Pax Christi International aims to initiate a global conversation and promote promote practices and strategies for non-violent peace making,” said Judy Coode, the organization's co-ordinator for the Catholic Non-Violence Initiative. Photo by Evan Boudreau

Pax Christi International plans new peace initiative

  • June 28, 2017

Pax Christi International is stepping up its efforts to position the Catholic Church as a leader in promoting non-violence.

The peace group’s aim is to initiate a global conversation and “promote practices and strategies for non-violent peace making,” said Judy Coode, Pax Christi’s co-ordinator for the Catholic Non-Violence Initiative.

Pax Christi International is preparing to hold five online-roundtable discussions to explore separate themes: foundational theology of non-violence; biblical foundations of Jesus’ non-violence; non-violence and just peace — a new moral framework, integrating non-violence into the life of the Church, and the power of active non-violence.

Between 10 and 15 “theologians and peace practitioners” will be invited to take part in each conversation and contribute to the creation of a document outlining their conclusions, said Coode, who presented the plan June 23 at Toronto’s Mary Ward Centre.

“They are (going to be) multinational and gender balanced,” she said. “We are just finalizing the list and then they are going to start working together. They will work together for about 18 months and our plan is ... to present a draft document to the Vatican that might lead to a new official teaching on non-violence and just peace.”

Johnny Zokovitch, senior communications officer for Pax Christi International, said that while Pax Christi’s top theologians and peace practitioners focus on the literature, all 120 Pax Christi member organizations, spread across 50 countries, are being asked to take part in an “awareness campaign around the theme of non-violence,” which kicked off this January.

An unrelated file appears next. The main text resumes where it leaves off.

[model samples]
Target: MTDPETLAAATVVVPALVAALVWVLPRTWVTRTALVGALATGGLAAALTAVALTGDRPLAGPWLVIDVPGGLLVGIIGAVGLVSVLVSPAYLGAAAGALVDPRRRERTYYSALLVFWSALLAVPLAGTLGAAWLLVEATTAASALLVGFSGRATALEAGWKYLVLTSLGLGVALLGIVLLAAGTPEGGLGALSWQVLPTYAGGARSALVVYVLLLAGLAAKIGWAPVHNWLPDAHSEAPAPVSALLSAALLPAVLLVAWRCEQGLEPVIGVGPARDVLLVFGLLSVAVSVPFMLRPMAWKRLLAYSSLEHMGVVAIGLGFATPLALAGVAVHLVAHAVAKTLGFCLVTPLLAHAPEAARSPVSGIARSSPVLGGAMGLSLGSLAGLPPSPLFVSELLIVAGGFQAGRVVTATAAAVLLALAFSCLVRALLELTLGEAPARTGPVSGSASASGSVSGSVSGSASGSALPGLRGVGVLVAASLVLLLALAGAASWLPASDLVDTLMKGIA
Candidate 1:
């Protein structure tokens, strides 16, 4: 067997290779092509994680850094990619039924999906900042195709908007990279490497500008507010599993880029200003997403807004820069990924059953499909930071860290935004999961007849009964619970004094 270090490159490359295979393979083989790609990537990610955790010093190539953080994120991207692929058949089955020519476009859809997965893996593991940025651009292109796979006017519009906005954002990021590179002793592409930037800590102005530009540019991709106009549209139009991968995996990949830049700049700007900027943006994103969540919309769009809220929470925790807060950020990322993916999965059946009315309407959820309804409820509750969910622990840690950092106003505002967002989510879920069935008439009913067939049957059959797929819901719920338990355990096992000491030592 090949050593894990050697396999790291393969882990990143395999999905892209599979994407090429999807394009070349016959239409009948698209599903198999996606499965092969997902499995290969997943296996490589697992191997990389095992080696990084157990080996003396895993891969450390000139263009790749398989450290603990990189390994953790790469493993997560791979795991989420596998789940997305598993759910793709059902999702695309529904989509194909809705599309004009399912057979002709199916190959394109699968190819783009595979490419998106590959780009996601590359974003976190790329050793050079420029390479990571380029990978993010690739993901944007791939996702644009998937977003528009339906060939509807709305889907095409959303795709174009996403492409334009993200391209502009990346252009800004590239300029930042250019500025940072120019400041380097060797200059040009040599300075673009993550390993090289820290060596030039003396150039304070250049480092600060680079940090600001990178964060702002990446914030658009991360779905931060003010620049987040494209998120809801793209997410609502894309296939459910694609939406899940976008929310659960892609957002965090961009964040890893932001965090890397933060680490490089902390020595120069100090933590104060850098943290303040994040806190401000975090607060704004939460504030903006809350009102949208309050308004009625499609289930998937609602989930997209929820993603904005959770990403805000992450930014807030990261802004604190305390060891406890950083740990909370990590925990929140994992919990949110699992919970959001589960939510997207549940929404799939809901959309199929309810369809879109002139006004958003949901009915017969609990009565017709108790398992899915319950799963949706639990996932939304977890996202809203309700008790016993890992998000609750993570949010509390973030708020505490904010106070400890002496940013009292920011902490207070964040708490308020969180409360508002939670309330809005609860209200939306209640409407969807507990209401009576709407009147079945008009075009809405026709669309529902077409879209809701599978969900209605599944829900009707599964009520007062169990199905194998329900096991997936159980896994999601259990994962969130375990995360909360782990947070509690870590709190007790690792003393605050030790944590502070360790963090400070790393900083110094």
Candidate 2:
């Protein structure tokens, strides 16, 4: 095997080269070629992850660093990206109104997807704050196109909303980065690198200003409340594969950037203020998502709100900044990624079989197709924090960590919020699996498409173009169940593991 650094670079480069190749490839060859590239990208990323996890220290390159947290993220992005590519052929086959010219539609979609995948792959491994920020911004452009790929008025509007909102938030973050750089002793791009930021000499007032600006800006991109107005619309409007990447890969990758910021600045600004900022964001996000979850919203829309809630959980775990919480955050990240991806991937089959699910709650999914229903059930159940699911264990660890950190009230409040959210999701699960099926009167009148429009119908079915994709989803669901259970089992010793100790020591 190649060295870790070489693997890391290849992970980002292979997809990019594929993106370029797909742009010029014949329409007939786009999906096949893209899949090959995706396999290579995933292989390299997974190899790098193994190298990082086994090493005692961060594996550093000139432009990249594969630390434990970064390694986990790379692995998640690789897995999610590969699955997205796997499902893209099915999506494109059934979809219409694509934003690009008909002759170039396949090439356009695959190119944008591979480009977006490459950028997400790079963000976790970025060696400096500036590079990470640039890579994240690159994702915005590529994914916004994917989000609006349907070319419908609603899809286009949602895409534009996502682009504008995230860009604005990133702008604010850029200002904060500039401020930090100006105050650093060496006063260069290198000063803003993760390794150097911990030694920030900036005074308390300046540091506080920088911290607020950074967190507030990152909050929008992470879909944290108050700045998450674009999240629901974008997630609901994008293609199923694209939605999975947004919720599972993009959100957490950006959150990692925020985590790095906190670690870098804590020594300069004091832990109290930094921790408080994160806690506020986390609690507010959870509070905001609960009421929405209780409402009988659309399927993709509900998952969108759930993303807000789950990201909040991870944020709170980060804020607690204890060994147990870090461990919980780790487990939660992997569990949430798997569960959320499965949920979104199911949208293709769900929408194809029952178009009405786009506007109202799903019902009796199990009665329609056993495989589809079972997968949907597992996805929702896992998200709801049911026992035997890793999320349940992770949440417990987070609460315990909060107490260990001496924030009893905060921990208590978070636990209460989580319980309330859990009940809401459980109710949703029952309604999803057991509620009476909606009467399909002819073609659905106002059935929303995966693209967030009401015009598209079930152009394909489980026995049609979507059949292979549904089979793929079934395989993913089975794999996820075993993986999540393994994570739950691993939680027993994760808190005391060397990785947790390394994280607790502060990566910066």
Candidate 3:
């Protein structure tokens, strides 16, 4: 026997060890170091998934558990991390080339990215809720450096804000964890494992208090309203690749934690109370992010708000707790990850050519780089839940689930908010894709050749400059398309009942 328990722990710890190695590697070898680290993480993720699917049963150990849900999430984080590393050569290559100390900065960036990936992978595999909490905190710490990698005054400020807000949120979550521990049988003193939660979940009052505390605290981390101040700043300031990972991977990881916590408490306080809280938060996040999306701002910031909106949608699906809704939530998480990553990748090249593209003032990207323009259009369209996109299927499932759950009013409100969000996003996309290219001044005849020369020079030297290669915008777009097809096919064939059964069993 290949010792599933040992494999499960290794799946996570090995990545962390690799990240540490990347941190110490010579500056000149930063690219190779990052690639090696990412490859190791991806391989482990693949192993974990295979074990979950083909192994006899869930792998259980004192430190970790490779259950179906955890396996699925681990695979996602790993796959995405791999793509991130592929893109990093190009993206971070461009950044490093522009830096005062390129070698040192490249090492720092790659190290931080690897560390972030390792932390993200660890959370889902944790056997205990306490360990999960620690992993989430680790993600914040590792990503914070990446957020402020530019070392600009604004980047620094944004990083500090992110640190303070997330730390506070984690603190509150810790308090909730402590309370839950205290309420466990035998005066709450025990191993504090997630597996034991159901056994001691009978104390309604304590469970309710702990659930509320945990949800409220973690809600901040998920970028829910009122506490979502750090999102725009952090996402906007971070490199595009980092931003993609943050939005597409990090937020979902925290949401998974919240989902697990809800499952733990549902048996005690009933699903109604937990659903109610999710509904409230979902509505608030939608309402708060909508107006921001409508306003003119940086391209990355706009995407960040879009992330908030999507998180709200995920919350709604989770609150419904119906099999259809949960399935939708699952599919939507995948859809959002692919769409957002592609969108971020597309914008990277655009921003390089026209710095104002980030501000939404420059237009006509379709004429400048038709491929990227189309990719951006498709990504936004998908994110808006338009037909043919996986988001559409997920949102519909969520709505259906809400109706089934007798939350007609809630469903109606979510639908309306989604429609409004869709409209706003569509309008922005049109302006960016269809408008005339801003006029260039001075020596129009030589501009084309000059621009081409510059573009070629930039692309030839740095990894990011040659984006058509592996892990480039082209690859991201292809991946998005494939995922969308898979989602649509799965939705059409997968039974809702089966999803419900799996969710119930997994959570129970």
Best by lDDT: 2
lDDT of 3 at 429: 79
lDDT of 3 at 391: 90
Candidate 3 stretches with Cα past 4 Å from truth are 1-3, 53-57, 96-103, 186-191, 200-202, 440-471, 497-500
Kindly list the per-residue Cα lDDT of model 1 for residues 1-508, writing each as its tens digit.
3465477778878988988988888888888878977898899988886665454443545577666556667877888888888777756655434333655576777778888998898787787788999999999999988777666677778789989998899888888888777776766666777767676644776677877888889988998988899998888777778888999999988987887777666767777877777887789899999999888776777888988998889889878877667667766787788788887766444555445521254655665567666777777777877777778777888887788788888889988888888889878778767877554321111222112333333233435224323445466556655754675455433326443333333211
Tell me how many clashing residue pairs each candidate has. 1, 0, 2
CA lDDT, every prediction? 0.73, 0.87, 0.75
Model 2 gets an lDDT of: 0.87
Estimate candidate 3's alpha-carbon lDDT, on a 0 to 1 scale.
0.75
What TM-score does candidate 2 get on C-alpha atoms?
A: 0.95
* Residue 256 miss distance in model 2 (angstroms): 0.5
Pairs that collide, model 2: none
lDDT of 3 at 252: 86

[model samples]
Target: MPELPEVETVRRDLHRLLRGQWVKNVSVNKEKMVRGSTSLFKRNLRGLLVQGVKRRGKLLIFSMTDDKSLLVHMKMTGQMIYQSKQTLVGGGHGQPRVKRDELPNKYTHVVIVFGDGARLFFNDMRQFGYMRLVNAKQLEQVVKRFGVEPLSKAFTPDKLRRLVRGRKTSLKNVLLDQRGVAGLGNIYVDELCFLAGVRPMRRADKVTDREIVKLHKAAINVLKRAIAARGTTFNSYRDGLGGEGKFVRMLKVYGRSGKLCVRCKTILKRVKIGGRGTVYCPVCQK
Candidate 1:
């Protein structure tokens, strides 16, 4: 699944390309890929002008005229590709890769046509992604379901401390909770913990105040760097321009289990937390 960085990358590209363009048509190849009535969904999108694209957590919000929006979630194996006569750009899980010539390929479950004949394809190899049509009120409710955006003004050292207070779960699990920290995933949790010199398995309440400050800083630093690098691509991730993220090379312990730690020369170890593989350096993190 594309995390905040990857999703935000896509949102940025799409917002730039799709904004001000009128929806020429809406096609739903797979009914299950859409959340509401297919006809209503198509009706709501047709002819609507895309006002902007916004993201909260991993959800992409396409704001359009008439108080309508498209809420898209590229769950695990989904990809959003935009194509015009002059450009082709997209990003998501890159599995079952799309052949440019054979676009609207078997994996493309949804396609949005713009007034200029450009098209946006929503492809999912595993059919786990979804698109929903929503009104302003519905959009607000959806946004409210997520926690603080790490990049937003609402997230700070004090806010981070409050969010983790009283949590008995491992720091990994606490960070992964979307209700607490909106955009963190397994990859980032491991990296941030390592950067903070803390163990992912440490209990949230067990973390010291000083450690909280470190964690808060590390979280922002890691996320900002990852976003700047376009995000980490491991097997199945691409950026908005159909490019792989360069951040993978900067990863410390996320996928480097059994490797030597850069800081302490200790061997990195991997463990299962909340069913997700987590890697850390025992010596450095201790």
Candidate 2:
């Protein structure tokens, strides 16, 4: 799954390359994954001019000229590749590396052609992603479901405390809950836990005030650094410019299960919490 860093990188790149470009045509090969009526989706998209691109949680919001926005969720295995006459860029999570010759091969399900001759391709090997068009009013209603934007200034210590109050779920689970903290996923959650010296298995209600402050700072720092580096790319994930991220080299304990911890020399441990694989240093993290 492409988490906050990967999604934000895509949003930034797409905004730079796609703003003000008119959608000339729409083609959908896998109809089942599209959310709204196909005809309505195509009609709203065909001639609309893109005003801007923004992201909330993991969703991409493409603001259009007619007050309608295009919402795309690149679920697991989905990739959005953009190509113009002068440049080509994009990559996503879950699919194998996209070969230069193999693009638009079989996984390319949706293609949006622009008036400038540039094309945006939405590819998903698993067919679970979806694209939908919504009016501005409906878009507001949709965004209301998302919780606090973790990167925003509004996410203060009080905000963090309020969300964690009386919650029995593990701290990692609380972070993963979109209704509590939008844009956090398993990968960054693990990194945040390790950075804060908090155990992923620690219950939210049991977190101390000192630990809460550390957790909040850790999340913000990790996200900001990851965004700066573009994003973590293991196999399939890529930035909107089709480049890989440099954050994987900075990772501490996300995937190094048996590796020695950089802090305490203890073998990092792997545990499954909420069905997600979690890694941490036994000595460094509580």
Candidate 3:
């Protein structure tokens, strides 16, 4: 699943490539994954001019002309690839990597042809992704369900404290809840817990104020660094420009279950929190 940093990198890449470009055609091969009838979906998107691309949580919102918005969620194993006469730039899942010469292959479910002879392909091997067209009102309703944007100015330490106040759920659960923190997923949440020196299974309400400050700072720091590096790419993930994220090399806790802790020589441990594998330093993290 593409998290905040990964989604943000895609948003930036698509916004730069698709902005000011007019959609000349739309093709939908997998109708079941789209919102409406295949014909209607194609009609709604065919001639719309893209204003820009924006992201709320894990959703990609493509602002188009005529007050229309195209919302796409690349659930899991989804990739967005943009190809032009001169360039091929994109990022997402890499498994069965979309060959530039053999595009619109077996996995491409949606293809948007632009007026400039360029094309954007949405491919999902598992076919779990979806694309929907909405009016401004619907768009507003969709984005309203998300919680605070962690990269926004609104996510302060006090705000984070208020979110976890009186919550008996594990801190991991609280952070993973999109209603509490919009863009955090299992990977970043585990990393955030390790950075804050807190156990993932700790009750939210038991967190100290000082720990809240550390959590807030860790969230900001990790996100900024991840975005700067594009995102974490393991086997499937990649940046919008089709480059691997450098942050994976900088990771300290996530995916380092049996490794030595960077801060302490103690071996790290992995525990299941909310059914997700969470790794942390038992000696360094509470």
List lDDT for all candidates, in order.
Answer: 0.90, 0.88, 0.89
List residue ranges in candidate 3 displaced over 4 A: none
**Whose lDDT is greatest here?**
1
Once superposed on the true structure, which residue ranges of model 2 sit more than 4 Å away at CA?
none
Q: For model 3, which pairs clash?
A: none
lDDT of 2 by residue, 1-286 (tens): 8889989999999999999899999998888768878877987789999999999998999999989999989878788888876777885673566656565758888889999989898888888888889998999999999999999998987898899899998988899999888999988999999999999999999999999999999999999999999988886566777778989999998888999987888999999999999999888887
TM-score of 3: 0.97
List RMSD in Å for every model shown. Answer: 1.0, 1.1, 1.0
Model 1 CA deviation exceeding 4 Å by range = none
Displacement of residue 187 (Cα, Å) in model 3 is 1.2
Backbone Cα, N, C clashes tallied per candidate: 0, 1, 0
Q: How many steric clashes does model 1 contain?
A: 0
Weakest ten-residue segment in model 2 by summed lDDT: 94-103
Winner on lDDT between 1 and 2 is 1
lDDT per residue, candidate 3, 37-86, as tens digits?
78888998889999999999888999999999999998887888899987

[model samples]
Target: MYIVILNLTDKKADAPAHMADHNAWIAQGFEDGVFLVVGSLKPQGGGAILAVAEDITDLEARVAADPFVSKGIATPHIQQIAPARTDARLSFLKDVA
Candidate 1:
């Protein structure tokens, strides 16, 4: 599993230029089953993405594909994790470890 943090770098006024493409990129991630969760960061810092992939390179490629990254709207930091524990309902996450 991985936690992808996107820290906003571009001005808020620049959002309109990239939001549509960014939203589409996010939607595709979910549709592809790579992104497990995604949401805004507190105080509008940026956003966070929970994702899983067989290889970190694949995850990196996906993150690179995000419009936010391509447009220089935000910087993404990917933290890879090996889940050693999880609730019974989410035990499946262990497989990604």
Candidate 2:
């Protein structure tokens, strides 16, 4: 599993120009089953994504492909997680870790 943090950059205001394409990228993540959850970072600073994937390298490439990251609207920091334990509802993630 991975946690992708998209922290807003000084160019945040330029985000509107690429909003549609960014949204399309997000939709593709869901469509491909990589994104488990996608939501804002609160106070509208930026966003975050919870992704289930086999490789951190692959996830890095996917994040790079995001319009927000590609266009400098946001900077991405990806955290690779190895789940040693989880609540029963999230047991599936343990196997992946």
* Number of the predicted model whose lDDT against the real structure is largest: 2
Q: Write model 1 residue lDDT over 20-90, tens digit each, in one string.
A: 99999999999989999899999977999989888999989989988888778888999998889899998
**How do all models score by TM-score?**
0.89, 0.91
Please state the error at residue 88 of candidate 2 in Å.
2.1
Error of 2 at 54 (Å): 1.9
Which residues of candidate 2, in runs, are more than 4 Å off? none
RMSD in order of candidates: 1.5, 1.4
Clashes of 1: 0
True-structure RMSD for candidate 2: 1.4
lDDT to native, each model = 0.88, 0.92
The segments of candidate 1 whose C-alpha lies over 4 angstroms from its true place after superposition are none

“We created a slogan that played off the popular slogan ‘this is what democracy looks like’,” he said. “We took that tag line and we changed it a little bit into ‘this is what non-violence looks like’. Then we were going to use images around this to show people engaged in the broadness, the diversity, of non-violence.”

Zokovitch said everyone is invited to share their image of non-violence on social media using the hashtag #thisisnonviolence.

“We decided that we would raise the profile of Gospel non-violence within our own movement but also within the larger context of the Church and specially the general public as well,” he added.

Coode said that while the creation of the document is important, having everyone talking about non-violence is critical to bringing about the desired change.

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